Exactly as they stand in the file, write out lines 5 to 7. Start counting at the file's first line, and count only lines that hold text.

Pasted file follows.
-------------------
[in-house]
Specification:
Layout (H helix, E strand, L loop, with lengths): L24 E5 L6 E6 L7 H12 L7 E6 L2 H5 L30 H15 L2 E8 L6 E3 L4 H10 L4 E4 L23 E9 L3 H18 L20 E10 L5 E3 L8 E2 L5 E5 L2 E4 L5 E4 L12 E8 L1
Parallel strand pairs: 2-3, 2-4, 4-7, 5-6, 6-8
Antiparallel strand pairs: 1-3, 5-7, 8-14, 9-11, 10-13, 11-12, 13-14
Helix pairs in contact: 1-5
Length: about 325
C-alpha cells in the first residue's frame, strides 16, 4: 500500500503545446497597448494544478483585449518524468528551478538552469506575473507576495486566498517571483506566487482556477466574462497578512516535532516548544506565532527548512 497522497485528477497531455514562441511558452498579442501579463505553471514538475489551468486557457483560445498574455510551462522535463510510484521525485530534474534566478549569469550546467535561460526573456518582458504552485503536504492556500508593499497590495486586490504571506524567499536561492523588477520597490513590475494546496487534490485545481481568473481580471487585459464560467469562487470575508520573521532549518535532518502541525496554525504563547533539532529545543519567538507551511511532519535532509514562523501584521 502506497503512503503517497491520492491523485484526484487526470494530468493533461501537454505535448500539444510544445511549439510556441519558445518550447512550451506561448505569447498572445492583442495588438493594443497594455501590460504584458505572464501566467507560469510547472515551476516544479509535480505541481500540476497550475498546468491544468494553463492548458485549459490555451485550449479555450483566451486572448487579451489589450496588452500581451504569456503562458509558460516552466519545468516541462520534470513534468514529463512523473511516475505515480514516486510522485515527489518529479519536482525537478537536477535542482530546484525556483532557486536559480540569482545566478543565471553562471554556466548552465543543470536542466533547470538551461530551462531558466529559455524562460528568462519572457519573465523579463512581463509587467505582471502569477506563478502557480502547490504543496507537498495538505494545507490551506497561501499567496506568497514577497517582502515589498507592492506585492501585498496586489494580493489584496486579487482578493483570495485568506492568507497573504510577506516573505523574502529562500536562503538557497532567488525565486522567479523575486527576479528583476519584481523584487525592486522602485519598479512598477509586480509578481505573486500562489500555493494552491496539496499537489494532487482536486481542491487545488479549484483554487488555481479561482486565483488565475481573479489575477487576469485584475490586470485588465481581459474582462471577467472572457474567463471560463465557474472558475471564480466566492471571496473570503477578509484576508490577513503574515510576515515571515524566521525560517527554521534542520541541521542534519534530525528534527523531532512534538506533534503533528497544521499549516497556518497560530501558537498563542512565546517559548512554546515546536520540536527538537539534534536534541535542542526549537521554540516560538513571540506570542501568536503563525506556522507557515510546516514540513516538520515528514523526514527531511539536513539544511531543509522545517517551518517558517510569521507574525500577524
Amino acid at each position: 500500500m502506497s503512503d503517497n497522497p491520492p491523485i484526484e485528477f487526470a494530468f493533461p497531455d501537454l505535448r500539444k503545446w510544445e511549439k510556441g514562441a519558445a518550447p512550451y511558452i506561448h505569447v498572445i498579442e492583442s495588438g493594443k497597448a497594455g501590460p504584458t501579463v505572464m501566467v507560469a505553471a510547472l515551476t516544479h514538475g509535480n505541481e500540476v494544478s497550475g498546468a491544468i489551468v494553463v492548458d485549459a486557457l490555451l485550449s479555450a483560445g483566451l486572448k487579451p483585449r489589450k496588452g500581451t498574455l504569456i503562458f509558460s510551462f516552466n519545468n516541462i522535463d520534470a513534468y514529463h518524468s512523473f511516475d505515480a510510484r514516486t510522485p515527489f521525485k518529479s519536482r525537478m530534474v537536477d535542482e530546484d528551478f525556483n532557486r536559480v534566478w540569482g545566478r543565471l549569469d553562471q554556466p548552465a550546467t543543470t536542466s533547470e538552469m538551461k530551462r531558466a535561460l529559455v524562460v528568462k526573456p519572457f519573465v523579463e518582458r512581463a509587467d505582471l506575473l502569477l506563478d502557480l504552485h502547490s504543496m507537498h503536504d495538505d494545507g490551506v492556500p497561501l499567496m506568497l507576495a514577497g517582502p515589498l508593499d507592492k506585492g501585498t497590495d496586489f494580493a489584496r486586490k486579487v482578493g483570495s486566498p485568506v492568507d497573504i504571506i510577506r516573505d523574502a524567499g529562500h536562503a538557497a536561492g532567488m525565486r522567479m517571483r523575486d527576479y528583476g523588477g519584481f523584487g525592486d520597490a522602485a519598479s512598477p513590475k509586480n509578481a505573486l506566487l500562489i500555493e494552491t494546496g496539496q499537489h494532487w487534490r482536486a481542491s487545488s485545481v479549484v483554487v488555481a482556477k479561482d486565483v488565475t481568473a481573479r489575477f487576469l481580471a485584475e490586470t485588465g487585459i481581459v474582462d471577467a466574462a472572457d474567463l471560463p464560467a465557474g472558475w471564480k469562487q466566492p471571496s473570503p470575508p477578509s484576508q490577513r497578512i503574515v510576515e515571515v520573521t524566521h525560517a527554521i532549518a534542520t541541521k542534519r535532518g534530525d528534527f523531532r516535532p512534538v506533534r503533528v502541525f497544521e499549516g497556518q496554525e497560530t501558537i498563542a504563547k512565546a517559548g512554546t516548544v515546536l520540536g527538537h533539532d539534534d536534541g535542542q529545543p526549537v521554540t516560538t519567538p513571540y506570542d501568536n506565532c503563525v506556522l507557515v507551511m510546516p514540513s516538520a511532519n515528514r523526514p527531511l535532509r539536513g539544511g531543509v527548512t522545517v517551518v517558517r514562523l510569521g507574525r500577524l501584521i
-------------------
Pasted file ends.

Antiparallel strand pairs: 1-3, 5-7, 8-14, 9-11, 10-13, 11-12, 13-14
Helix pairs in contact: 1-5
Length: about 325